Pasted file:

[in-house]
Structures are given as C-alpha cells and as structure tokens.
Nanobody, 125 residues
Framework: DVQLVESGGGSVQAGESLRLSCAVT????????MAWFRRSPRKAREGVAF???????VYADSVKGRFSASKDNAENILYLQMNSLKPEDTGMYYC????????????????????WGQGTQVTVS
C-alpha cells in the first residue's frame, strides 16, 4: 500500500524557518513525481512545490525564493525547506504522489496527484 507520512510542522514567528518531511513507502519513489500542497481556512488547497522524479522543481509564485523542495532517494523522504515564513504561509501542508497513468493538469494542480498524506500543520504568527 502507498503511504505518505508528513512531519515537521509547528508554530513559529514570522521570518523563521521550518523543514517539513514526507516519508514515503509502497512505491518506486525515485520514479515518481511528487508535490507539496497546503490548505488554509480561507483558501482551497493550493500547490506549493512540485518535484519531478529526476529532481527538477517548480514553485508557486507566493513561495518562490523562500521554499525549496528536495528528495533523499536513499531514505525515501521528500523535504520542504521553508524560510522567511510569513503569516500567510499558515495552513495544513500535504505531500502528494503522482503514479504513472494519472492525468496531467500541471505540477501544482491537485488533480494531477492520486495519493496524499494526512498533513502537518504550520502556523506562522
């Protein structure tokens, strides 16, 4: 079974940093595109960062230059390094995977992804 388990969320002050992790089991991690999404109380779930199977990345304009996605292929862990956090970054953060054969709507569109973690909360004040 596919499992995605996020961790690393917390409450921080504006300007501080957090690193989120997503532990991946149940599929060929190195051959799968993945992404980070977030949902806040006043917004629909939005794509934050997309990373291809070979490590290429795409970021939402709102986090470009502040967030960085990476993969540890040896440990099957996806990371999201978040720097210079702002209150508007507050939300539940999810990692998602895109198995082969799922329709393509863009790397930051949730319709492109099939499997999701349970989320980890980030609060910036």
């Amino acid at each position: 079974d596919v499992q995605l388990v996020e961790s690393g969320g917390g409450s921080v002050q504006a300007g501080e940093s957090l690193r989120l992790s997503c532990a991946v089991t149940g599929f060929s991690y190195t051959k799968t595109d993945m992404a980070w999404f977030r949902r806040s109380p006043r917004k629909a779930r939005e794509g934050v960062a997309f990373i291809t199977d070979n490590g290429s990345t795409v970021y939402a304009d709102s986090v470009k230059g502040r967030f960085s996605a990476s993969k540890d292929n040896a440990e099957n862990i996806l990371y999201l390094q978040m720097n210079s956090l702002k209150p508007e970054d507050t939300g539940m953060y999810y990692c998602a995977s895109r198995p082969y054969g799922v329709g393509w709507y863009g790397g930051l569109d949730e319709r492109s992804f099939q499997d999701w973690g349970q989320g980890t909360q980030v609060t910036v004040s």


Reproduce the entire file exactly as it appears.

[in-house]
Structures are given as C-alpha cells and as structure tokens.
Nanobody, 125 residues
Framework: DVQLVESGGGSVQAGESLRLSCAVT????????MAWFRRSPRKAREGVAF???????VYADSVKGRFSASKDNAENILYLQMNSLKPEDTGMYYC????????????????????WGQGTQVTVS
C-alpha cells in the first residue's frame, strides 16, 4: 500500500524557518513525481512545490525564493525547506504522489496527484 507520512510542522514567528518531511513507502519513489500542497481556512488547497522524479522543481509564485523542495532517494523522504515564513504561509501542508497513468493538469494542480498524506500543520504568527 502507498503511504505518505508528513512531519515537521509547528508554530513559529514570522521570518523563521521550518523543514517539513514526507516519508514515503509502497512505491518506486525515485520514479515518481511528487508535490507539496497546503490548505488554509480561507483558501482551497493550493500547490506549493512540485518535484519531478529526476529532481527538477517548480514553485508557486507566493513561495518562490523562500521554499525549496528536495528528495533523499536513499531514505525515501521528500523535504520542504521553508524560510522567511510569513503569516500567510499558515495552513495544513500535504505531500502528494503522482503514479504513472494519472492525468496531467500541471505540477501544482491537485488533480494531477492520486495519493496524499494526512498533513502537518504550520502556523506562522
């Protein structure tokens, strides 16, 4: 079974940093595109960062230059390094995977992804 388990969320002050992790089991991690999404109380779930199977990345304009996605292929862990956090970054953060054969709507569109973690909360004040 596919499992995605996020961790690393917390409450921080504006300007501080957090690193989120997503532990991946149940599929060929190195051959799968993945992404980070977030949902806040006043917004629909939005794509934050997309990373291809070979490590290429795409970021939402709102986090470009502040967030960085990476993969540890040896440990099957996806990371999201978040720097210079702002209150508007507050939300539940999810990692998602895109198995082969799922329709393509863009790397930051949730319709492109099939499997999701349970989320980890980030609060910036």
């Amino acid at each position: 079974d596919v499992q995605l388990v996020e961790s690393g969320g917390g409450s921080v002050q504006a300007g501080e940093s957090l690193r989120l992790s997503c532990a991946v089991t149940g599929f060929s991690y190195t051959k799968t595109d993945m992404a980070w999404f977030r949902r806040s109380p006043r917004k629909a779930r939005e794509g934050v960062a997309f990373i291809t199977d070979n490590g290429s990345t795409v970021y939402a304009d709102s986090v470009k230059g502040r967030f960085s996605a990476s993969k540890d292929n040896a440990e099957n862990i996806l990371y999201l390094q978040m720097n210079s956090l702002k209150p508007e970054d507050t939300g539940m953060y999810y990692c998602a995977s895109r198995p082969y054969g799922v329709g393509w709507y863009g790397g930051l569109d949730e319709r492109s992804f099939q499997d999701w973690g349970q989320g980890t909360q980030v609060t910036v004040s």